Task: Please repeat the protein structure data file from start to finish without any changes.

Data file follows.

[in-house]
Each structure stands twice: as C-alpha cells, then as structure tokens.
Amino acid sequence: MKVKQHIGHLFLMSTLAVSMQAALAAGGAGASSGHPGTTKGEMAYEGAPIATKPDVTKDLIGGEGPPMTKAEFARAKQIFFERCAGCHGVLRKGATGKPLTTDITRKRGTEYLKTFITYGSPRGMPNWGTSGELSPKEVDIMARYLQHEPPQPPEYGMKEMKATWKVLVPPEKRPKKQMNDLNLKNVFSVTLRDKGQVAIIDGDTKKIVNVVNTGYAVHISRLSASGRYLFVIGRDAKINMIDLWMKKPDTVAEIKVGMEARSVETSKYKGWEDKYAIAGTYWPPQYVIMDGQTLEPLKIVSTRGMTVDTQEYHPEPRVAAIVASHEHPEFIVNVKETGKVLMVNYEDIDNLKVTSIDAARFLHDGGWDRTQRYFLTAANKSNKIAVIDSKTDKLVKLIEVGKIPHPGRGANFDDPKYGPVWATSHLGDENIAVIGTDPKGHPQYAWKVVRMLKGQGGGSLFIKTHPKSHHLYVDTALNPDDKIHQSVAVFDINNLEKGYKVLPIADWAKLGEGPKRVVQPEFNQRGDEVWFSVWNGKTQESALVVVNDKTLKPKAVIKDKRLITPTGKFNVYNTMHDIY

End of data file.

[in-house]
Each structure stands twice: as C-alpha cells, then as structure tokens.
Amino acid sequence: MKVKQHIGHLFLMSTLAVSMQAALAAGGAGASSGHPGTTKGEMAYEGAPIATKPDVTKDLIGGEGPPMTKAEFARAKQIFFERCAGCHGVLRKGATGKPLTTDITRKRGTEYLKTFITYGSPRGMPNWGTSGELSPKEVDIMARYLQHEPPQPPEYGMKEMKATWKVLVPPEKRPKKQMNDLNLKNVFSVTLRDKGQVAIIDGDTKKIVNVVNTGYAVHISRLSASGRYLFVIGRDAKINMIDLWMKKPDTVAEIKVGMEARSVETSKYKGWEDKYAIAGTYWPPQYVIMDGQTLEPLKIVSTRGMTVDTQEYHPEPRVAAIVASHEHPEFIVNVKETGKVLMVNYEDIDNLKVTSIDAARFLHDGGWDRTQRYFLTAANKSNKIAVIDSKTDKLVKLIEVGKIPHPGRGANFDDPKYGPVWATSHLGDENIAVIGTDPKGHPQYAWKVVRMLKGQGGGSLFIKTHPKSHHLYVDTALNPDDKIHQSVAVFDINNLEKGYKVLPIADWAKLGEGPKRVVQPEFNQRGDEVWFSVWNGKTQESALVVVNDKTLKPKAVIKDKRLITPTGKFNVYNTMHDIY